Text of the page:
A new photography exhibition commissioned by Fernbank Museum of Natural History reveals Georgia’s golden history through the work of students at Atlanta’s Portfolio Center. Georgia’s Heart of Gold features 41 photographs that showcase gold’s local and historic influence—from modern-day gold panners to distinguished gold medal winners, from gold records to gold “grillz,” and from Dahlonega’s gold mines to the State Capitol’s gold dome.
Georgia’s Heart of Gold, on view from September 26, 2009-January 3, 2010, was created through a partnership between Fernbank Museum and the Portfolio Center to complement the Museum’s presentation of GOLD, a separate exhibition that combines golden artifacts, nuggets, jewelry and awards to explore the cultural significance and historical fascination with this enduring symbol of wealth, power and beauty. (Full press release on GOLD is attached.)
Georgia’s Heart of Gold highlights the diverse work of seven students and includes close-ups, black-and-whites, action shots, panoramics, worm's-eye views, bird's-eye views and more. Medals, metals, grillz, pans, buildings, musicians, jewelry—the images cover the full spectrum.
After being approached with this novel idea by alumnus James Hays of Fernbank Museum, Jerry Burns of The Portfolio Center organized a new class to create a museum-quality exhibition while providing a rich learning opportunity for the students. Structured as though students were pitching a story about gold in Georgia to a magazine, the class attacked the project with intensive brainstorming and hands-on research ranging from the historical to the whimsical, from pop culture to deeply-rooted tradition. The students delved into the hills, cities and homes of Georgia to capture their story. Now, Fernbank visitors can peek into this window of Georgia culture and see the beauty, intrigue and importance of gold in our region.
“This exhibition is special because it looks deeply into the cultural aspect of gold and how people in Georgia have interacted with it,” said Hays, Fernbank’s Vice President of Exhibitions. “For instance, our visitors will see an amazing gold coin minted in Dahlonega well over a hundred years ago in the exhibition GOLD, and on our walls they will see photographs of modern gold prospectors panning for gold in Dahlonega. It’s interesting to imagine that a similar prospector, knee-deep in a river before the Civil War, may have contributed a nugget to make the coin.”
The students are eager to see their hard work on display at the museum, something many photographers dream of for decades yet something these students were able to achieve through Fernbank before they reached graduation.
“To see my work up on the walls of a museum means a lot to me. It is the fruition of a lot of hard work and the culmination of years of gaining knowledge and confidence as a photographer,” said Portfolio Center student Chris Low. “This exhibit is sort of an introduction as a photographer to the city of Atlanta, and an amazing exit from Portfolio Center. It may be the only time I hang in a museum so I plan on soaking it up and really enjoying it while it lasts.”
The photographs in Georgia’s Heart of Gold correspond with the objects visitors will encounter in GOLD and help further the story of Georiga’s history with gold, offering personal stories to the artifacts, awards and gold specimens in the galleries.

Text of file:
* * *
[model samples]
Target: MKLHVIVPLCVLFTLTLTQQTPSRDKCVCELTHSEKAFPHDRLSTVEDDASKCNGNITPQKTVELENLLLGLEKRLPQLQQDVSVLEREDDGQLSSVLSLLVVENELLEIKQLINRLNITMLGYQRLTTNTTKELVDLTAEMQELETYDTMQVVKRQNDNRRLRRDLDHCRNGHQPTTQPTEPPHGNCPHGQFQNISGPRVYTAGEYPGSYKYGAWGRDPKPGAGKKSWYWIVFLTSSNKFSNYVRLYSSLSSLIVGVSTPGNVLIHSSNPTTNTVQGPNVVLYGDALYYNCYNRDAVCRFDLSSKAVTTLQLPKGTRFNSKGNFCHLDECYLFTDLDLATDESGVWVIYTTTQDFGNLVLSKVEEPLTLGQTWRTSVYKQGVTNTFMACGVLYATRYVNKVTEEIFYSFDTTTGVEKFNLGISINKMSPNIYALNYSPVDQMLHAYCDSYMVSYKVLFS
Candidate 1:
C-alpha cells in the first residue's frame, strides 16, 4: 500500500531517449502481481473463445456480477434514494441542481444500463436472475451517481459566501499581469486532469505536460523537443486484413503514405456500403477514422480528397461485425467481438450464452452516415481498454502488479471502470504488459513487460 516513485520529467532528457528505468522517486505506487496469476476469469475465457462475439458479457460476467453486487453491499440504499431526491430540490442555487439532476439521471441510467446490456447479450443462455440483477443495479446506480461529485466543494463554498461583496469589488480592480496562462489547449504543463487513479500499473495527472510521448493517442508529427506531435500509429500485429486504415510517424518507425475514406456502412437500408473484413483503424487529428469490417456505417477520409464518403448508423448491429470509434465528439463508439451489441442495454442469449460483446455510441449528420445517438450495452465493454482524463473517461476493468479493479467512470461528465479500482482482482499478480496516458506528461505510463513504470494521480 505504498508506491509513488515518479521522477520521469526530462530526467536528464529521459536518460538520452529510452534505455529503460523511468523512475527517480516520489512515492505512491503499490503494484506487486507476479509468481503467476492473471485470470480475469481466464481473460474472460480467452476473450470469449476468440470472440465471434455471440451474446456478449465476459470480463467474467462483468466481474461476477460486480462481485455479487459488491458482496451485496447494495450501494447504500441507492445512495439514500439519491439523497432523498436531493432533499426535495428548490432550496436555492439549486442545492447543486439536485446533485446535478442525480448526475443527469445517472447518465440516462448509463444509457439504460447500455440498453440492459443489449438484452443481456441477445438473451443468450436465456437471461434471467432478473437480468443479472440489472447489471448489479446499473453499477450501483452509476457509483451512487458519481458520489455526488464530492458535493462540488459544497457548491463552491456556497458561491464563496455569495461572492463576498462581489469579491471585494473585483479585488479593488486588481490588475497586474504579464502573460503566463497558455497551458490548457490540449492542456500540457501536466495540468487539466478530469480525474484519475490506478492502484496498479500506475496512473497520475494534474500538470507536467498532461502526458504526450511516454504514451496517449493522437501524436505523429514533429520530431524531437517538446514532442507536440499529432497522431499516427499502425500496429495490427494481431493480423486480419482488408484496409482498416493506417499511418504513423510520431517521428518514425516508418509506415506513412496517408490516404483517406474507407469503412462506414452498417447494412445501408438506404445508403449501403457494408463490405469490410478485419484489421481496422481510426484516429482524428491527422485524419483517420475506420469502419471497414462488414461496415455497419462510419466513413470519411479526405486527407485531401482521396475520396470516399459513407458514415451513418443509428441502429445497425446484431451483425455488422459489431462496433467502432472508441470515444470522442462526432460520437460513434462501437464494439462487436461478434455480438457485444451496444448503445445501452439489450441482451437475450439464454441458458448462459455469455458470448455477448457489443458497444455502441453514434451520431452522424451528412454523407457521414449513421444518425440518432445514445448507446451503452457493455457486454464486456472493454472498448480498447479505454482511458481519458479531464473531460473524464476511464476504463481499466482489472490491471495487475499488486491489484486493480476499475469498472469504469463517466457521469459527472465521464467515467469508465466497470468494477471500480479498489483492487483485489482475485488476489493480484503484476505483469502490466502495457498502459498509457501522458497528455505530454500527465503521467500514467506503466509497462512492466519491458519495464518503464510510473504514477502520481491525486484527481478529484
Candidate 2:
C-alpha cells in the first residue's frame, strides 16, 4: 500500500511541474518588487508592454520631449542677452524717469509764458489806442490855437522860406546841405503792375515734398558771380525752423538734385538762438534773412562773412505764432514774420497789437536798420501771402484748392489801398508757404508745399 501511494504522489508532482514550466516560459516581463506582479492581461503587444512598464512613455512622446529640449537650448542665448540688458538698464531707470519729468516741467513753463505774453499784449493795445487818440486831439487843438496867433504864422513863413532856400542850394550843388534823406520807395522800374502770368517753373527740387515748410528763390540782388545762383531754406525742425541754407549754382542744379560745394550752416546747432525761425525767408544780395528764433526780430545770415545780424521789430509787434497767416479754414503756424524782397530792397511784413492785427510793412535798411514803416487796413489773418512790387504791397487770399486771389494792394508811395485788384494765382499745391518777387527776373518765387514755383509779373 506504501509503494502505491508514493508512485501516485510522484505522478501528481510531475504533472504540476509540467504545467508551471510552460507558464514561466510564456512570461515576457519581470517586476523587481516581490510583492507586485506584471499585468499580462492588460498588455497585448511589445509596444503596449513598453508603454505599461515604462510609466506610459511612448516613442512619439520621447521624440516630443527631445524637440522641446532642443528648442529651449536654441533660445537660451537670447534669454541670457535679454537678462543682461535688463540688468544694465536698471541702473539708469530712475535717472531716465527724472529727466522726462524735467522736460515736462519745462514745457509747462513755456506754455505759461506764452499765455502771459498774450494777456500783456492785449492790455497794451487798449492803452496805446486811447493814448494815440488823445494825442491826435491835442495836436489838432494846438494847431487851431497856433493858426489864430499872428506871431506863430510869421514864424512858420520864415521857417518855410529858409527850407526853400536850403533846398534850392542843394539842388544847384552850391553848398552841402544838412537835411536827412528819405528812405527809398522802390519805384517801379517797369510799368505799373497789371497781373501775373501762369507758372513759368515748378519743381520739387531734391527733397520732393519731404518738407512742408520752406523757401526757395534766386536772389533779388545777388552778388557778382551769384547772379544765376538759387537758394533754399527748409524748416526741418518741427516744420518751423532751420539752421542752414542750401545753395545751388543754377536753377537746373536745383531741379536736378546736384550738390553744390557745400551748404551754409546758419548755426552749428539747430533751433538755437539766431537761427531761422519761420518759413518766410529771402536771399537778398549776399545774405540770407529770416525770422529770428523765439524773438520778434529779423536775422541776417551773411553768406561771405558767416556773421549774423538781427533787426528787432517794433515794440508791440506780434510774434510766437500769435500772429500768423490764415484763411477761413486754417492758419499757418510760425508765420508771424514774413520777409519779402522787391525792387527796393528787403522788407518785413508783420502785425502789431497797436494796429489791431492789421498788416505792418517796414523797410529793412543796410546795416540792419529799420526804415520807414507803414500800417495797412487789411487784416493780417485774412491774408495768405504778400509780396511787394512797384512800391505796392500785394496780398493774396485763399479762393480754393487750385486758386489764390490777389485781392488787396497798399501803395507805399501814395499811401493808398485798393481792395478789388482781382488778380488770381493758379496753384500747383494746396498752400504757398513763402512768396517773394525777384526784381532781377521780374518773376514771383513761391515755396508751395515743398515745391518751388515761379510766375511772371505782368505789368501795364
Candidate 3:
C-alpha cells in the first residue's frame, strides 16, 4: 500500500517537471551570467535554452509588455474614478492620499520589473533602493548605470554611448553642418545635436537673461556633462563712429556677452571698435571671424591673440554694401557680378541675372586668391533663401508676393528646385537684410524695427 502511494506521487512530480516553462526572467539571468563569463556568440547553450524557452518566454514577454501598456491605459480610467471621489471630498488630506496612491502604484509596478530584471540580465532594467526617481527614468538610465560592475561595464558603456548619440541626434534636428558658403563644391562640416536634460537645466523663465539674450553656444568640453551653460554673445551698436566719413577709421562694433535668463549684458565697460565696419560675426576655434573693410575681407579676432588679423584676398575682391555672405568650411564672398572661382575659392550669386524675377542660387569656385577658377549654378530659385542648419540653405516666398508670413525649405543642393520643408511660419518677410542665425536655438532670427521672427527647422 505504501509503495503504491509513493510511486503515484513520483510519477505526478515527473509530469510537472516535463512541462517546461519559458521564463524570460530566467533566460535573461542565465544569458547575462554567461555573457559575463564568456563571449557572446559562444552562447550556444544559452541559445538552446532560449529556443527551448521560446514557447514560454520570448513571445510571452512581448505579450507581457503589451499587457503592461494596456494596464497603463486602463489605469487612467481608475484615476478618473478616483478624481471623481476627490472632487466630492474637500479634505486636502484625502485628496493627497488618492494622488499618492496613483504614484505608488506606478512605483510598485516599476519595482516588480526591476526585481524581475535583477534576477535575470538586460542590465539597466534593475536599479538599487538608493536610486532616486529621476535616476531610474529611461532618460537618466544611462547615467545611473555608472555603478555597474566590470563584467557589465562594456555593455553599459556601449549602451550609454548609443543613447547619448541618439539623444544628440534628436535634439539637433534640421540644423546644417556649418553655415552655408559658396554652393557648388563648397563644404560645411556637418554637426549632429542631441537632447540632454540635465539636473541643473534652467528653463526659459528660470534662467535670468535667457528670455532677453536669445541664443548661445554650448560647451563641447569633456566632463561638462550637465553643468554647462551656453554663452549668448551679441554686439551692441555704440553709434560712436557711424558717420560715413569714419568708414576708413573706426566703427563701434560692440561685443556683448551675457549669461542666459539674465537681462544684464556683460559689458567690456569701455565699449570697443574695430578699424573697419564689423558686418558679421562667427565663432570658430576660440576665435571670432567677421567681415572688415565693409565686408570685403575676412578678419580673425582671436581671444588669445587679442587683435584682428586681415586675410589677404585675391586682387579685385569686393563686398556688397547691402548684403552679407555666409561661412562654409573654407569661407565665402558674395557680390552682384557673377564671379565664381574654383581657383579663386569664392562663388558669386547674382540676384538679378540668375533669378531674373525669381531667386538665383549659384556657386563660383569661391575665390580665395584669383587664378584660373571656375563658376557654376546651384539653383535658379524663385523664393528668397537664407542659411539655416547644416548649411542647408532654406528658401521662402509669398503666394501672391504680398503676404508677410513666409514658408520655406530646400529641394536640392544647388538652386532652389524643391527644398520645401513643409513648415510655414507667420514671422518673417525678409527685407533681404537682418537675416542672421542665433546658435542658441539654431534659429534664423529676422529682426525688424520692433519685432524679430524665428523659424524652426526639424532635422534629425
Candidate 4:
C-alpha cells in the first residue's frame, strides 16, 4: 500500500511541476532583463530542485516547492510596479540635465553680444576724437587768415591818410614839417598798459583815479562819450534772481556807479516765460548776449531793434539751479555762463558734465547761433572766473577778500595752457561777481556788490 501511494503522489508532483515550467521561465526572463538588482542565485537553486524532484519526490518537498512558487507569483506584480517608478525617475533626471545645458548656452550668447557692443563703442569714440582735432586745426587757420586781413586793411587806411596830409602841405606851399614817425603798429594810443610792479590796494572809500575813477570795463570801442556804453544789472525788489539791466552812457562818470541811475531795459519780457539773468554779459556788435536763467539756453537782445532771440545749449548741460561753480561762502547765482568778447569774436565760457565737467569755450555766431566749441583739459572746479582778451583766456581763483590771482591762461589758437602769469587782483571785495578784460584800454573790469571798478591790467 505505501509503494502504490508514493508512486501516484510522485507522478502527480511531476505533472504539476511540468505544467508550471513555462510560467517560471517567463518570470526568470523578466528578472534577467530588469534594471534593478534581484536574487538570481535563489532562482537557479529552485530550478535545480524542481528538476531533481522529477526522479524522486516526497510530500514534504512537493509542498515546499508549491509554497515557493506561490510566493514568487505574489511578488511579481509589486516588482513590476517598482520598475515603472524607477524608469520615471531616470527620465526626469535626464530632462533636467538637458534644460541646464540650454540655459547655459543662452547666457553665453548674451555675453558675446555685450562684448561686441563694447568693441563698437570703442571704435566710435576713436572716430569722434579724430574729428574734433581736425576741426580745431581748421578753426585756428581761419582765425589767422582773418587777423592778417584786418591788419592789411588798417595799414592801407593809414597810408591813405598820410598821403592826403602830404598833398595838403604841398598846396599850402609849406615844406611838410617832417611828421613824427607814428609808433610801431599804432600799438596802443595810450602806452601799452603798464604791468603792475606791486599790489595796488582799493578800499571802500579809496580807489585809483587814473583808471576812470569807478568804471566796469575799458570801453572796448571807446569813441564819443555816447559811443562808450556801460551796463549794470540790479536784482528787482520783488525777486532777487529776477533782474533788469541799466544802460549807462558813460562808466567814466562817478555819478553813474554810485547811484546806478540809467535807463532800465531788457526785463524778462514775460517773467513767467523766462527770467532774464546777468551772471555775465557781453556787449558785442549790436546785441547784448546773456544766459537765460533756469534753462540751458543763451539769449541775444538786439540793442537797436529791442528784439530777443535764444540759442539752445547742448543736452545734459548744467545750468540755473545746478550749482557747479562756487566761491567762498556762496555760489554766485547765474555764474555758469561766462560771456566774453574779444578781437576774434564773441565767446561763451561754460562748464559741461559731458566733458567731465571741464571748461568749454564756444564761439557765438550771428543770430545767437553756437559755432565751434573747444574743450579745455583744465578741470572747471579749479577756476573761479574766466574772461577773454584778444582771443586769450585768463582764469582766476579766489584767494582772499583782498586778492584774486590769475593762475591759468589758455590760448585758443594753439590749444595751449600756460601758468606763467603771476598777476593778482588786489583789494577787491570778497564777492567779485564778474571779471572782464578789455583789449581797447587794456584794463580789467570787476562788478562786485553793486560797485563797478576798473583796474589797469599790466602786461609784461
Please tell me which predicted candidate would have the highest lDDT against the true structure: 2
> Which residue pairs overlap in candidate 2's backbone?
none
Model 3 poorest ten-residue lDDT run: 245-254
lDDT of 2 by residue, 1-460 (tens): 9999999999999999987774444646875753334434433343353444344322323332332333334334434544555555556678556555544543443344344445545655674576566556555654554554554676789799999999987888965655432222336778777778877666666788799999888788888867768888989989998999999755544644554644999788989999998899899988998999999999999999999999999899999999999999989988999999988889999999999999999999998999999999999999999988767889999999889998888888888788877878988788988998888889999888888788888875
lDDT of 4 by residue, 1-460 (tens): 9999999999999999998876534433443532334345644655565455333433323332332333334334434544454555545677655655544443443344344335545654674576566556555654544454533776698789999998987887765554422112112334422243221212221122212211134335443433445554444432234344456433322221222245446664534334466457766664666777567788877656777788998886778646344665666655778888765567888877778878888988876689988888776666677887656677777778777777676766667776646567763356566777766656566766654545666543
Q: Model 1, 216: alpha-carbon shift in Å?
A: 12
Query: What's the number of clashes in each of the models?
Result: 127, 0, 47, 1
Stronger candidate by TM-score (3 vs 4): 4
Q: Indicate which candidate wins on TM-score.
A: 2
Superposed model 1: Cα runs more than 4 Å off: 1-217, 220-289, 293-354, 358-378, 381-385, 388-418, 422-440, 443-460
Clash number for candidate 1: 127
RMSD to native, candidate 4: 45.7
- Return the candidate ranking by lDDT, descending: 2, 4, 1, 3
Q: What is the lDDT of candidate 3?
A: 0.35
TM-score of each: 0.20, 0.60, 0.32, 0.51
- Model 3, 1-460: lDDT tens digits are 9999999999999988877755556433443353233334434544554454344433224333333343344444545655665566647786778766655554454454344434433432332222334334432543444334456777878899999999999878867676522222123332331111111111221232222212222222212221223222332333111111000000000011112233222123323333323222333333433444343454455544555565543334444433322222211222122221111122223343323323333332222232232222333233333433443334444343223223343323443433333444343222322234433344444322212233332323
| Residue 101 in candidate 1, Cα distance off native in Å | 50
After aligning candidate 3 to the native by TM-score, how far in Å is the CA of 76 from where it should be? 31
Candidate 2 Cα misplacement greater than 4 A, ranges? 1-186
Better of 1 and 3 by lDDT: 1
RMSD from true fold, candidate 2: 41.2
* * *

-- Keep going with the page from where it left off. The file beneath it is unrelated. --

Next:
The photographs of Artem Nazarov and Leigh Anna Thompson focus on the allure of finding gold in Georgia. Nazarov includes portraits of residents who remain fascinated by the treasures found in Georgia, from golden Civil War treasures, to nuggets found in gold mines, to the glow of the State Capitol building, topped with gold mined in Georgia. Thompson features members of the Lost Dutchman Mining Association, an organization focused on prospecting and mining for gold. Her series of photographs reveal the continued search for golden treasures in Georgia and the site of the first gold to be found here.
Justin Keoninh and Courtney Lankford embrace the cultural fascination with gold. Keoninh documented Georgia’s gold grill industry of removable gold teeth, a trend that first started with the hip-hop industry in the 1980s and continues today. Lankford showcases what gold means to individuals through cultural tradition and personal style.
Emily Dryden, Chris Low and Nathan Stoan reveal gold’s prestige through portraits and action shots of Georgians who have been awarded gold for their achievements. Dryden features the pride of several award-winning athletes and a decorated Navy veteran. Low recognizes gold medal winners from the Olympic Games, Special Olympics and Paralympics. Stoan highlights Georgia’s golden touch on the music industry through a series of portraits of local musicians.
“This was an invaluable experience for our students,” said Jerry Burns, Creative Director of Photography at the Portfolio Center. “They learned the power of narrative, the ethics of documentary work, how to seize that decisive moment, and how to work under deadline. Best of all, they were given the opportunity to showcase their work in a national museum.”
Georgia’s Heart of Gold is on view from September 26, 2009-January 3, 2010 and is included with Museum admission. Tickets are $15 for adults, $14 for students and seniors, $13 for children ages 3-12, and free for museum members and children ages 2 and under. To reserve tickets in advance, call 404.929.6400 or visit fernbankmuseum.org.
Fernbank Museum is located at 767 Clifton Road in Atlanta. For visitor information, visit www.fernbankmuseum.org.
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